This morning I addressed the Freight Transportation Policy Forum of the National Industrial Transportation League. I was grateful to have this opportunity to talk about moving America's goods from farm and factory to store shelves.
It may seem that DOT spends a lot of energy on moving passengers. Between blogs on high-speed rail, speeches on distracted driving, rules on aviation consumer protections, grants to transit agencies, and rallies for bike and pedestrian policy, it's pretty clear that I'm excited about improving how Americans get from point A to point B.
But I want to remind you that every step we take to improve mobility for people also improves mobility for the supplies and goods we want and need:
- Making it easier for people to take public transportation, or ride bikes also reduces costly congestion on the highways our truck drivers use;
- Reducing driver distraction makes those highways safer for freight; and
- Improving miles of track in advance of a high-speed rail network also smooths the way for more efficient rail shipping.
And that's without even mentioning the steps the Obama Administration is taking specifically to move freight more safely, effectively and sustainably. For example, of $1.5 billion in TIGER discretionary funds, more than half--$765 million--went to projects that benefit freight:
- Developing a marine highway system in northern and central California to ease truck congestion and reduce greenhouse gas emissions;
- Upgrading port facilities in Portland, Searsport, and Eastport, Maine, enabling US businesses to move wind turbines and other green freight while creating jobs and improving the local economy;
- Improving Chicago’s regional rail infrastructure through an innovative public-private partnership to break through the bottleneck that adversely impacts a quarter of all US rail traffic.
These projects represent a significant change from old freight funding patterns that have focused on highways.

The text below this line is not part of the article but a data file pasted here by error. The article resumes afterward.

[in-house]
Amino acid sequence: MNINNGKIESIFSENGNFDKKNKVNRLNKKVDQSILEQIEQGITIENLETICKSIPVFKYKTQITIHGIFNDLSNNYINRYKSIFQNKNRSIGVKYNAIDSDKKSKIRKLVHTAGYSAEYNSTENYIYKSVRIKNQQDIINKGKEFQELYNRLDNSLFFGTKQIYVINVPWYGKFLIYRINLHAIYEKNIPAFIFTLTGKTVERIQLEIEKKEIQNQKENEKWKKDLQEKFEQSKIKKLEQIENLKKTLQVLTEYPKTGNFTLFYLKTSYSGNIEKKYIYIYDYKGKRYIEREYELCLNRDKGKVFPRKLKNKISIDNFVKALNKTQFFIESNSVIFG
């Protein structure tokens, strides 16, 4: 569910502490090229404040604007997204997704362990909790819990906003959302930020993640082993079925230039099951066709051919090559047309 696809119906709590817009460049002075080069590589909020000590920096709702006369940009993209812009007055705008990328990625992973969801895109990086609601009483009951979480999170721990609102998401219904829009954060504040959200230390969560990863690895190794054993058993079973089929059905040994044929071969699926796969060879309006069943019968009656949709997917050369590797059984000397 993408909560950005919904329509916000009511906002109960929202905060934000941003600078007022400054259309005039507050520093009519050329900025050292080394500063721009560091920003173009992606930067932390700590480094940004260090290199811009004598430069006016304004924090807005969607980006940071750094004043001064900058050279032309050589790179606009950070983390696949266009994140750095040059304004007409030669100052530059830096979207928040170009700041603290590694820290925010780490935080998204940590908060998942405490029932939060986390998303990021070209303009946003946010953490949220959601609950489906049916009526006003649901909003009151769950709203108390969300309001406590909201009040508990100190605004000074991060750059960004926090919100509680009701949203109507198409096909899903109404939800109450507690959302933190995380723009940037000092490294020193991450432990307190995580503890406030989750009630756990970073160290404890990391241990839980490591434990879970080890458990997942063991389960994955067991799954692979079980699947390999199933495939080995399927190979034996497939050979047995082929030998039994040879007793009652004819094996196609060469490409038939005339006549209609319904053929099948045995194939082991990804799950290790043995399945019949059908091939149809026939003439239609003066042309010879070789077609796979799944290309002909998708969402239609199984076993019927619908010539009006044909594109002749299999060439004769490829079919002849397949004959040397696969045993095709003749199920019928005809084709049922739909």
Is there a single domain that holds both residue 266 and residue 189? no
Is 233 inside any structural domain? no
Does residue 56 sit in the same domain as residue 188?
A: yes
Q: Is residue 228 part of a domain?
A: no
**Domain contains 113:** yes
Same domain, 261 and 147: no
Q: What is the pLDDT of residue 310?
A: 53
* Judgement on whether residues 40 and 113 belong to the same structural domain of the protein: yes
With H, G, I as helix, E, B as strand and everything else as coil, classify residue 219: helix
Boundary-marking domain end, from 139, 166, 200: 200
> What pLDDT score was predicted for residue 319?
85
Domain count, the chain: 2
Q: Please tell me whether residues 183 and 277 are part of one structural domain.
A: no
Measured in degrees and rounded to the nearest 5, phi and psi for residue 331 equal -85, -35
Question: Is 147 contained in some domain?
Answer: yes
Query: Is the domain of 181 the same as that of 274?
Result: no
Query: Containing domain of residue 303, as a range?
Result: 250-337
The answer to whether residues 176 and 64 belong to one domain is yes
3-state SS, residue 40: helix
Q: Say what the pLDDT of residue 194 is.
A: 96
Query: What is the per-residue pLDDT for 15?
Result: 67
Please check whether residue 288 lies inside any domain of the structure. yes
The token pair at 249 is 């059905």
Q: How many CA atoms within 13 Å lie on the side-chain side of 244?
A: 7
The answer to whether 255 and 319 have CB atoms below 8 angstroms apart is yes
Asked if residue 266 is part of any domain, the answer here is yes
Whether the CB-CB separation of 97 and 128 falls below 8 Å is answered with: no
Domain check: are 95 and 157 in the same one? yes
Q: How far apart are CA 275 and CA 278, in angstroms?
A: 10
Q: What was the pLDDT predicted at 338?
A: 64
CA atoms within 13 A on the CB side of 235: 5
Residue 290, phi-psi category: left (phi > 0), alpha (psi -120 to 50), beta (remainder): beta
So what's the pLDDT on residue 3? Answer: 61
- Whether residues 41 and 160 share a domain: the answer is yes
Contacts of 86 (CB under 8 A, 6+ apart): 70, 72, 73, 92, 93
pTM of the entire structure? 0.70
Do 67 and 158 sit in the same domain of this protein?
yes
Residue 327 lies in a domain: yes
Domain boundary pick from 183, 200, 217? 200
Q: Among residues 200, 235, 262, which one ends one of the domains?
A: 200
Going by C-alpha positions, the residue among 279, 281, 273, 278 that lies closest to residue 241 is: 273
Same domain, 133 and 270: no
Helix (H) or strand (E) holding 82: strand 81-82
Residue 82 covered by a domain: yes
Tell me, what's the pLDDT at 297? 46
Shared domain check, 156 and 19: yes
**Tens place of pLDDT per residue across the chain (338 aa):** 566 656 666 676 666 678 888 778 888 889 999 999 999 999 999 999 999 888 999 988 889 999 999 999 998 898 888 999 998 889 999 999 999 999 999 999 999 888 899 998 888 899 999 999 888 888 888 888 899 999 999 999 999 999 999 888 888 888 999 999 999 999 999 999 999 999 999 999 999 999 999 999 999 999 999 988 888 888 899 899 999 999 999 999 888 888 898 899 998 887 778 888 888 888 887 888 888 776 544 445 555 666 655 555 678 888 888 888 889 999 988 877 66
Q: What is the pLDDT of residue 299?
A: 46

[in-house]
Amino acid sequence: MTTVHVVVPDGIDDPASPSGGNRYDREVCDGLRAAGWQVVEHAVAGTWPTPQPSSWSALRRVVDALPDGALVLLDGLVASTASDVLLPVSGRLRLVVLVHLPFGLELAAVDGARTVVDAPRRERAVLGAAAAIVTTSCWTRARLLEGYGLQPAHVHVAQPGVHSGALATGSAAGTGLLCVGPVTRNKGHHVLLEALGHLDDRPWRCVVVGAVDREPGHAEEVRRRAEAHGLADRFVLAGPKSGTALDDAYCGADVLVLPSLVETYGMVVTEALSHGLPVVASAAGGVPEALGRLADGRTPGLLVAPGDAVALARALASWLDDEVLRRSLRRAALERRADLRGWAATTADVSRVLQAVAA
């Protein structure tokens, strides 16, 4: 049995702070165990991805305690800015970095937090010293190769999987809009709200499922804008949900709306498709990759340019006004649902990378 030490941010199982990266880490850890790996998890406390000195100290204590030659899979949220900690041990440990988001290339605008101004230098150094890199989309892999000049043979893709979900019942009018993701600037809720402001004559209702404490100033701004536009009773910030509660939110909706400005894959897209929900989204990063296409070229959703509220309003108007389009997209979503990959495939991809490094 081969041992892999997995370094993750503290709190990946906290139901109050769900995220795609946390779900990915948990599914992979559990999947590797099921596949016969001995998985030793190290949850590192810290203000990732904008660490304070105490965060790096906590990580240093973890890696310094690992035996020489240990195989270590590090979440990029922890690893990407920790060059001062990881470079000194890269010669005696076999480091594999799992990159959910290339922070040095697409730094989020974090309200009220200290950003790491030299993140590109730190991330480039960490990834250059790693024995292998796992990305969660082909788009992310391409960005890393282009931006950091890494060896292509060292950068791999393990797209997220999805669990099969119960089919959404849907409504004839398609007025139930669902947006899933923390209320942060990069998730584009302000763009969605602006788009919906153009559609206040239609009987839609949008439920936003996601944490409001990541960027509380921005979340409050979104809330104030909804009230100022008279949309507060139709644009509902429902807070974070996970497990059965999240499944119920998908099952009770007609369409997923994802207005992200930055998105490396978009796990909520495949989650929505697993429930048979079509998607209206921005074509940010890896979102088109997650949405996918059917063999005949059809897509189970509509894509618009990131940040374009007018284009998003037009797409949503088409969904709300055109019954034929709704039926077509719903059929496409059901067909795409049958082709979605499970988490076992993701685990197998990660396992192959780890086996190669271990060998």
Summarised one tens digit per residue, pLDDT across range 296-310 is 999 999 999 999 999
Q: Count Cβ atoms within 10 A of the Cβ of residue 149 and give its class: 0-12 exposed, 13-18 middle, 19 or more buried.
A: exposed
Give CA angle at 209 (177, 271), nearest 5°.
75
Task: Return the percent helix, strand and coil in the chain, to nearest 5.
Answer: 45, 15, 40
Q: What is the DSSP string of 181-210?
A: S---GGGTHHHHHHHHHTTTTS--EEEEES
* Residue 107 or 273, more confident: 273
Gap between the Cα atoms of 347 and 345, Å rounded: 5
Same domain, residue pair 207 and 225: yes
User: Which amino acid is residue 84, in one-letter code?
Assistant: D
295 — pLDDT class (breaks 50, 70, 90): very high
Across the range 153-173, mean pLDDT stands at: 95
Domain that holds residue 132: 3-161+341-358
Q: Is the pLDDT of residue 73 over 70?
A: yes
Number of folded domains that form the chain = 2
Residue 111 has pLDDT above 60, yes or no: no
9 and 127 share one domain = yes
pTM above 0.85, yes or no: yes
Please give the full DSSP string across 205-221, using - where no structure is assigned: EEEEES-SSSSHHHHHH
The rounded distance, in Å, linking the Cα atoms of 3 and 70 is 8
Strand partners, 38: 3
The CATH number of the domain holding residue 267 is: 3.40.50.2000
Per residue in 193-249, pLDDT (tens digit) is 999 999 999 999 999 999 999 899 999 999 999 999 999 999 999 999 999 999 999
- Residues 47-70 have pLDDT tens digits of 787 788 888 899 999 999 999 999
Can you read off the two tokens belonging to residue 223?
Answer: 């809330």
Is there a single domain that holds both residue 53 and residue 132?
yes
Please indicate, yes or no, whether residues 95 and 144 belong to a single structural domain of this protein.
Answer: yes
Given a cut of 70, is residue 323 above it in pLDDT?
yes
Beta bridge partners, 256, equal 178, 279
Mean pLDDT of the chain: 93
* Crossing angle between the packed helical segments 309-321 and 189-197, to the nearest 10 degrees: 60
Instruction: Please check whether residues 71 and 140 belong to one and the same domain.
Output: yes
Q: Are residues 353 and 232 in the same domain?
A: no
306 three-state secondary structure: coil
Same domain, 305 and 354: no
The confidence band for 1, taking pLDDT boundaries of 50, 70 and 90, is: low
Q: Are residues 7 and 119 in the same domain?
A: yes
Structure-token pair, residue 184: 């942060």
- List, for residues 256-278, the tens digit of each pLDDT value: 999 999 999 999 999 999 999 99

Now, we have TIGER II, our $600 million national infrastructure investment program. These funds will help us green-light even more high-priority road, rail, transit, aviation, and maritime projects. Projects that will create good jobs while helping upgrade our freight transportation networks.
And, in the budget we submitted to Congress, this Administration proposed a National Infrastructure Innovation and Finance Fund. This fund--for which freight projects will be strong competitors--will support multimodal efforts that involve multiple jurisdictions and promise substantial economic benefits.
The point is this: In 506 days, the Obama Administration has worked tirelessly to make shipping America's goods safer, faster, and cleaner than ever; and we have no intention of stopping now.
These investments do not favor one mode of transportation over another. They strike a new balance that maximizes the efficiency of freight transportation through whatever means are best for a given region, whether that means trucking, railroads, ships, or barges.
We’re focused on good outcomes for freight shipping--like reducing congestion, improving safety, and mitigating climate change--and investing in the projects that achieve those outcomes.
This strategy is good for shippers and good for the American people.